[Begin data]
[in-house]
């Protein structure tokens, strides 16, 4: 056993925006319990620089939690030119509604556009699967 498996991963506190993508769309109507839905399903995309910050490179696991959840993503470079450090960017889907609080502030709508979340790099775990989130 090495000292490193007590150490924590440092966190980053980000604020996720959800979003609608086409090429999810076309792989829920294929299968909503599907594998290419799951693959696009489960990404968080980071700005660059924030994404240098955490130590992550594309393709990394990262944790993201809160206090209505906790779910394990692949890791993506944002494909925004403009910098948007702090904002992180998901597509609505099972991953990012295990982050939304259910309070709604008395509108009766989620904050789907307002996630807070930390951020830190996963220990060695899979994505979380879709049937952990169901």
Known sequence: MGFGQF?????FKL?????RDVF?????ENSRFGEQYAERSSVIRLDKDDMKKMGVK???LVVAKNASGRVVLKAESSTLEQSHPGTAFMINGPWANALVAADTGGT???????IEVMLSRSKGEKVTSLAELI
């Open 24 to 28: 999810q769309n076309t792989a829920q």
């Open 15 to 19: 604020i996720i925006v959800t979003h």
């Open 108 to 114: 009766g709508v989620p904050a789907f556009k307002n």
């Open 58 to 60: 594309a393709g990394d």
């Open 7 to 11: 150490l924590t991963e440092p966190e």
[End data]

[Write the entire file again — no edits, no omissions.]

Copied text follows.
[in-house]
């Protein structure tokens, strides 16, 4: 056993925006319990620089939690030119509604556009699967 498996991963506190993508769309109507839905399903995309910050490179696991959840993503470079450090960017889907609080502030709508979340790099775990989130 090495000292490193007590150490924590440092966190980053980000604020996720959800979003609608086409090429999810076309792989829920294929299968909503599907594998290419799951693959696009489960990404968080980071700005660059924030994404240098955490130590992550594309393709990394990262944790993201809160206090209505906790779910394990692949890791993506944002494909925004403009910098948007702090904002992180998901597509609505099972991953990012295990982050939304259910309070709604008395509108009766989620904050789907307002996630807070930390951020830190996963220990060695899979994505979380879709049937952990169901």
Known sequence: MGFGQF?????FKL?????RDVF?????ENSRFGEQYAERSSVIRLDKDDMKKMGVK???LVVAKNASGRVVLKAESSTLEQSHPGTAFMINGPWANALVAADTGGT???????IEVMLSRSKGEKVTSLAELI
């Open 24 to 28: 999810q769309n076309t792989a829920q």
């Open 15 to 19: 604020i996720i925006v959800t979003h």
């Open 108 to 114: 009766g709508v989620p904050a789907f556009k307002n």
């Open 58 to 60: 594309a393709g990394d």
């Open 7 to 11: 150490l924590t991963e440092p966190e």